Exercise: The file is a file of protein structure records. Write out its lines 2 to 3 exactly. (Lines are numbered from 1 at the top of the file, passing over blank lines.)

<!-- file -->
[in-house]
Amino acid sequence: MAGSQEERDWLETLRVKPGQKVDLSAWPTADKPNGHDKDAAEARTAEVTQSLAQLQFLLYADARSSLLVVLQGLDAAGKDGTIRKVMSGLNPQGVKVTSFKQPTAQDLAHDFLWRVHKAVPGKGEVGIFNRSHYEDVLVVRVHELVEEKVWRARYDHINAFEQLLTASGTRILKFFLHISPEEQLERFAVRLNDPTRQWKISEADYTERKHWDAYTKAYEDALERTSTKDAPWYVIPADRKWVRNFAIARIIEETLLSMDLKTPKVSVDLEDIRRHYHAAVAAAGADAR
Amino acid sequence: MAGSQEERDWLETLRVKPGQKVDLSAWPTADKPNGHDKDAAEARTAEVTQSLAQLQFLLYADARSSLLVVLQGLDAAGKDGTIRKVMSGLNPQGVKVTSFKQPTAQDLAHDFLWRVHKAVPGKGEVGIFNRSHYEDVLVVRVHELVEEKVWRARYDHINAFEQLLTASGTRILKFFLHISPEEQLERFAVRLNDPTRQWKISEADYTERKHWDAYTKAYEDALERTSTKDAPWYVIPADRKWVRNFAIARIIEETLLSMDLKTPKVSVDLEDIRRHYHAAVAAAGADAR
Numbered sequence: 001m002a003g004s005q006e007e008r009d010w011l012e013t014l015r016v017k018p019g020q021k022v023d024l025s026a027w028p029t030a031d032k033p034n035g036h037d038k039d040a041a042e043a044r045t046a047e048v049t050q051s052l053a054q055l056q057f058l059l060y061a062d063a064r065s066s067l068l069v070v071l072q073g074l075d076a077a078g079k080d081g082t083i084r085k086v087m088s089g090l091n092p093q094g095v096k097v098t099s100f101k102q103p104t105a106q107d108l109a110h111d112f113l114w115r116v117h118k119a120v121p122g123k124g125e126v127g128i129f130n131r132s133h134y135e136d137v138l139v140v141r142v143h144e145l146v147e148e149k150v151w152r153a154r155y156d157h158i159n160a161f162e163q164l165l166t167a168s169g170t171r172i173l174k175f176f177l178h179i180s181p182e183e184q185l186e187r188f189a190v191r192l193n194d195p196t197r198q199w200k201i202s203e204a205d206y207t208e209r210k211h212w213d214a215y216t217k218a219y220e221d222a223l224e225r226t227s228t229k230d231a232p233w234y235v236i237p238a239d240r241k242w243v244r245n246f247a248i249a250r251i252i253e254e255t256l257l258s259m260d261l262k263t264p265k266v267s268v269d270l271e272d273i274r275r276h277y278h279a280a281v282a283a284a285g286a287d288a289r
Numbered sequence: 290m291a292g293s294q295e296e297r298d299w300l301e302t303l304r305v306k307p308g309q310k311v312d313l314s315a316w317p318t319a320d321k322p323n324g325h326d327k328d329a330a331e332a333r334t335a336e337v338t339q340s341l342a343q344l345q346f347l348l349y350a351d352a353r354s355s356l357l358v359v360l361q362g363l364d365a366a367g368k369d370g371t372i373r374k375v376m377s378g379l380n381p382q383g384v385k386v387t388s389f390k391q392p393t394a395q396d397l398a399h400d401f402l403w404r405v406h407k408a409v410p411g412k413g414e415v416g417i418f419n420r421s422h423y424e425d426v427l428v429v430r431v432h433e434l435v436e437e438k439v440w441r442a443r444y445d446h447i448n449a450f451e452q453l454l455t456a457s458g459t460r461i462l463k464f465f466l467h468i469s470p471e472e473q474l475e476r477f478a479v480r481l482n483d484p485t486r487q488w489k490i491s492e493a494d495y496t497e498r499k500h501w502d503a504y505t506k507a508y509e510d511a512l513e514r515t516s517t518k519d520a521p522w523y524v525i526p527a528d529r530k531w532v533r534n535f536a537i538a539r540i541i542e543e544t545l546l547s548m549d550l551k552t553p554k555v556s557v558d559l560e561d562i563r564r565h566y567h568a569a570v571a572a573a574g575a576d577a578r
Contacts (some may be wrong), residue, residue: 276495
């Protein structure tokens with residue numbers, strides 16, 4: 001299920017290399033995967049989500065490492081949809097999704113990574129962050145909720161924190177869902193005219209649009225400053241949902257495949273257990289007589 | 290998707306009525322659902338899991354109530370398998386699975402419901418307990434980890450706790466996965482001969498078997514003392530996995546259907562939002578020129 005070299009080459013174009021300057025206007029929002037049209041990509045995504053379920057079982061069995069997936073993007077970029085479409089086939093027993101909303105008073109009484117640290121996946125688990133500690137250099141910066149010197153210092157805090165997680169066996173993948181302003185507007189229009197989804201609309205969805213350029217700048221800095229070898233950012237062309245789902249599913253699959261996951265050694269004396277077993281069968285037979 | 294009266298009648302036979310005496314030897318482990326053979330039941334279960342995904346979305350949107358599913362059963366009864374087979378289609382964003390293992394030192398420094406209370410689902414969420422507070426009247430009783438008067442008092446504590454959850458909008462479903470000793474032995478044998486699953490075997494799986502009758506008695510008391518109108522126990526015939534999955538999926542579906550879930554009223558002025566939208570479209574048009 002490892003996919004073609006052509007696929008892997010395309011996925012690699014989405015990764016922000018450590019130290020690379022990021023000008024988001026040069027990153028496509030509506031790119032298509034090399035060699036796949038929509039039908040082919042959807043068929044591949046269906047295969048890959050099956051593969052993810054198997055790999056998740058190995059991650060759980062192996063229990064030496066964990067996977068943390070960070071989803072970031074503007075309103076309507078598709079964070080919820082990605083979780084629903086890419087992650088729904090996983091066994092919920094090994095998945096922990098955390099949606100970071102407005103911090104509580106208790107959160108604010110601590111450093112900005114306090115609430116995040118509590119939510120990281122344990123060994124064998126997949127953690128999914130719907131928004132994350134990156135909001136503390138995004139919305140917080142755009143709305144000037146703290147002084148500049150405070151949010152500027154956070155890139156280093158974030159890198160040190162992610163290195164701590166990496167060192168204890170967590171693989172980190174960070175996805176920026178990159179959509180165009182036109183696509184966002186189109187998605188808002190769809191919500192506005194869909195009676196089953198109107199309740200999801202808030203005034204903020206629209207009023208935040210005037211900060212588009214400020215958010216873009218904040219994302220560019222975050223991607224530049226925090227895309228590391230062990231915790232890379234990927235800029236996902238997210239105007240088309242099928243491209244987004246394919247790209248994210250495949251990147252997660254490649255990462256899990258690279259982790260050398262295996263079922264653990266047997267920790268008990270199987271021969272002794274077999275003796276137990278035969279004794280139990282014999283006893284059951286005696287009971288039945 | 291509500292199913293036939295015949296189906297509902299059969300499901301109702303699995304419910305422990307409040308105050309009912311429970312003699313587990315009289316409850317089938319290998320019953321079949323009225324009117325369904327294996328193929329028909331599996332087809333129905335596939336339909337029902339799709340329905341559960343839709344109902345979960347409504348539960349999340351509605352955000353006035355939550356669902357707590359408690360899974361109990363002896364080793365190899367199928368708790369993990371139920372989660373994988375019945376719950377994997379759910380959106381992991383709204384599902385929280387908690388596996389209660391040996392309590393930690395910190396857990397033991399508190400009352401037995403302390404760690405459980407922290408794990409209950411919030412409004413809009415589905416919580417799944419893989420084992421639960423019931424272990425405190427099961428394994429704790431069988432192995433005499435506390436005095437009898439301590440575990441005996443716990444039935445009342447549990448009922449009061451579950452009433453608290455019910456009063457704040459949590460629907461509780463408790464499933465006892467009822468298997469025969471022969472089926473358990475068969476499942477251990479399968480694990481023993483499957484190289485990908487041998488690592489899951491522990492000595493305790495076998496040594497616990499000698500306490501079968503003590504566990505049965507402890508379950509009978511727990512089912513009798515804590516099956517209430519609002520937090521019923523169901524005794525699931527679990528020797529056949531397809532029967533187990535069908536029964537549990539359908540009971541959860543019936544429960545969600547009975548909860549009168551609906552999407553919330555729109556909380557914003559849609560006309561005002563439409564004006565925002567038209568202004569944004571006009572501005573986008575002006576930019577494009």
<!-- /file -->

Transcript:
Amino acid sequence: MAGSQEERDWLETLRVKPGQKVDLSAWPTADKPNGHDKDAAEARTAEVTQSLAQLQFLLYADARSSLLVVLQGLDAAGKDGTIRKVMSGLNPQGVKVTSFKQPTAQDLAHDFLWRVHKAVPGKGEVGIFNRSHYEDVLVVRVHELVEEKVWRARYDHINAFEQLLTASGTRILKFFLHISPEEQLERFAVRLNDPTRQWKISEADYTERKHWDAYTKAYEDALERTSTKDAPWYVIPADRKWVRNFAIARIIEETLLSMDLKTPKVSVDLEDIRRHYHAAVAAAGADAR
Amino acid sequence: MAGSQEERDWLETLRVKPGQKVDLSAWPTADKPNGHDKDAAEARTAEVTQSLAQLQFLLYADARSSLLVVLQGLDAAGKDGTIRKVMSGLNPQGVKVTSFKQPTAQDLAHDFLWRVHKAVPGKGEVGIFNRSHYEDVLVVRVHELVEEKVWRARYDHINAFEQLLTASGTRILKFFLHISPEEQLERFAVRLNDPTRQWKISEADYTERKHWDAYTKAYEDALERTSTKDAPWYVIPADRKWVRNFAIARIIEETLLSMDLKTPKVSVDLEDIRRHYHAAVAAAGADAR